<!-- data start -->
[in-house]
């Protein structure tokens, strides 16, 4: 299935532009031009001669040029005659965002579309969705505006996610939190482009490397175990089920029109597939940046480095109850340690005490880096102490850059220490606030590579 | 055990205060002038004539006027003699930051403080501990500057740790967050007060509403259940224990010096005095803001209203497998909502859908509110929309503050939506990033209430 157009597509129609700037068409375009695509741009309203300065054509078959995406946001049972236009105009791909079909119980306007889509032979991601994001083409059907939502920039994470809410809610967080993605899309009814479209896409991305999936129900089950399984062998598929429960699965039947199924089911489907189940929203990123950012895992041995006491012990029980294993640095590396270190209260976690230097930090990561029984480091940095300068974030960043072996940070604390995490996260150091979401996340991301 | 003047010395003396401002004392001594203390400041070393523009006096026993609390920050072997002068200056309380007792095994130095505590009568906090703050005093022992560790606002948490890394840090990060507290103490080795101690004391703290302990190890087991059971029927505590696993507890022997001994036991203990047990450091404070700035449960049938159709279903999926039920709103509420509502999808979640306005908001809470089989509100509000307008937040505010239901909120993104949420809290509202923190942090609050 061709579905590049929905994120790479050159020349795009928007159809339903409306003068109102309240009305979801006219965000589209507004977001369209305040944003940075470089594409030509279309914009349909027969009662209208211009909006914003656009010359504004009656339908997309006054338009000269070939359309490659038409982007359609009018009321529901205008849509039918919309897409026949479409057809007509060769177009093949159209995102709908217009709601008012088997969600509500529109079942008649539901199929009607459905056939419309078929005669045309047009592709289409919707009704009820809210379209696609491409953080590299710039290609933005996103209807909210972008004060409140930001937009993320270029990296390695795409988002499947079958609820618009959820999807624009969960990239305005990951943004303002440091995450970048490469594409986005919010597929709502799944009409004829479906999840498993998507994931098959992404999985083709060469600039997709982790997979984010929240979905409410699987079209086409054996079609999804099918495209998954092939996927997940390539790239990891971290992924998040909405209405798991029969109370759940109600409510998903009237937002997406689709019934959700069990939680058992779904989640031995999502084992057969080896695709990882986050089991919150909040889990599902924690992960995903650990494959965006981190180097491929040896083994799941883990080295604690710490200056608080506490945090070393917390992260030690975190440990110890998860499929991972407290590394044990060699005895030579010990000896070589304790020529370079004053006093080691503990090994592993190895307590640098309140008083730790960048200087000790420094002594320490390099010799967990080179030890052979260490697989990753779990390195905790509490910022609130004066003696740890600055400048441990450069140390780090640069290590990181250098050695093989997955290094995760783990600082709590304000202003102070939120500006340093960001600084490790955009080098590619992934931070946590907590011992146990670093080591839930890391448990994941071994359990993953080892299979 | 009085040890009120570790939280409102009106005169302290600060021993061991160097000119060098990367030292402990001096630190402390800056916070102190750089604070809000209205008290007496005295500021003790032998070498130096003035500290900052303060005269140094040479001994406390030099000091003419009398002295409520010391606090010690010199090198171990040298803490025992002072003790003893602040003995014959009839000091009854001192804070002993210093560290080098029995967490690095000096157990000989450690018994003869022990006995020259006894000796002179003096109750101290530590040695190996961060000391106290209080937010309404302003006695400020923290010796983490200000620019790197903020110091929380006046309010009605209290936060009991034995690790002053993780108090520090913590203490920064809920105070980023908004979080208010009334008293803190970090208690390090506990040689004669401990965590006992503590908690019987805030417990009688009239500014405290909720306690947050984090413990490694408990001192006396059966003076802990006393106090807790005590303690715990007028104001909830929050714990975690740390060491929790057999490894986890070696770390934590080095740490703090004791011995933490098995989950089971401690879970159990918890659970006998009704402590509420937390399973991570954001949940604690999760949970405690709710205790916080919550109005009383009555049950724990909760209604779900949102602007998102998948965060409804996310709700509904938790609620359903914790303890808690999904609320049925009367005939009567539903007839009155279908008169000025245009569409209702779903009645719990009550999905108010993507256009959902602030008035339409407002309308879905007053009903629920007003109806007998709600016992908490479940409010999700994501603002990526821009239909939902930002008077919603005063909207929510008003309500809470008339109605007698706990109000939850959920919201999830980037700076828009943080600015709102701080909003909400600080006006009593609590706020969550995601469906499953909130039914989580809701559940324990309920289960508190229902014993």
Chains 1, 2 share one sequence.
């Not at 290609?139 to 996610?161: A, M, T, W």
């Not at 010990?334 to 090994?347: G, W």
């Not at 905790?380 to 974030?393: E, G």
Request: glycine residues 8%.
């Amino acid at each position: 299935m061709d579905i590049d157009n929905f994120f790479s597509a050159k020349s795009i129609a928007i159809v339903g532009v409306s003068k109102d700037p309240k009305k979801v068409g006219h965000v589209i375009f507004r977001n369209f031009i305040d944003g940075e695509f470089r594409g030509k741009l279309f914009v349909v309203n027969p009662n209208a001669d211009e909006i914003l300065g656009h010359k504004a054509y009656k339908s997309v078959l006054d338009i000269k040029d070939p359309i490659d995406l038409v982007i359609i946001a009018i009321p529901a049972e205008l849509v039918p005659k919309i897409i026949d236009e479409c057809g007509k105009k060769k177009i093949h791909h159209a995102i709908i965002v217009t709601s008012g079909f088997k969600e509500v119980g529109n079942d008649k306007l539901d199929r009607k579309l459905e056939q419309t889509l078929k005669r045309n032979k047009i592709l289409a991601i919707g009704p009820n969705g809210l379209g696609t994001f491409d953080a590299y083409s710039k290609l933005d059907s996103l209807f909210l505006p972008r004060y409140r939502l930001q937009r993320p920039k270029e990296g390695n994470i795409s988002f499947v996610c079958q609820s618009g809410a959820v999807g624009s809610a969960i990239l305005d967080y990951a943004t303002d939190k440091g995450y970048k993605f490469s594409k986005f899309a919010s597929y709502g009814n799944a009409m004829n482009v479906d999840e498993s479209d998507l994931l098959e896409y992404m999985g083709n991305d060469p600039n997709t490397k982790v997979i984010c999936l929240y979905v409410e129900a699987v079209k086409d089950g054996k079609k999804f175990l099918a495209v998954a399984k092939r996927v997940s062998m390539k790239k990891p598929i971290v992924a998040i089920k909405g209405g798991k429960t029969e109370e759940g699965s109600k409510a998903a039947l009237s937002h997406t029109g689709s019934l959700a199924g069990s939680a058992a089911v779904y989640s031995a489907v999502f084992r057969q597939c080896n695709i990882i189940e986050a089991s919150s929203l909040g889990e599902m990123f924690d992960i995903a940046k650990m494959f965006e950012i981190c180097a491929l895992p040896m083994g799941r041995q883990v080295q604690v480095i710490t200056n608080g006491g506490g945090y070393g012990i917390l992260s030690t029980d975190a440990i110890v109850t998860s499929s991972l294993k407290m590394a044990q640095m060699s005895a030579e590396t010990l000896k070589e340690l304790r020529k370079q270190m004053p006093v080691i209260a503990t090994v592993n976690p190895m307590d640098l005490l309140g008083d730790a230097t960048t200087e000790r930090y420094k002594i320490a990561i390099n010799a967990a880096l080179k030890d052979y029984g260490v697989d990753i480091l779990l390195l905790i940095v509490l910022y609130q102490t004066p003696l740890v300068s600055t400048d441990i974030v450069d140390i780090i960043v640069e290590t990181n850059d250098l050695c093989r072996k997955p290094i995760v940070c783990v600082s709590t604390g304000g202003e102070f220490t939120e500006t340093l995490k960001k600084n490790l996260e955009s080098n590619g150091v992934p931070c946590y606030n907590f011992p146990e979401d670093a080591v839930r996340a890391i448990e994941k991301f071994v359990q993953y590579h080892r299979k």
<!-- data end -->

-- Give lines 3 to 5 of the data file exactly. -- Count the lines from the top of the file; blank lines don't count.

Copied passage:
Chains 1, 2 share one sequence.
């Not at 290609?139 to 996610?161: A, M, T, W």
């Not at 010990?334 to 090994?347: G, W």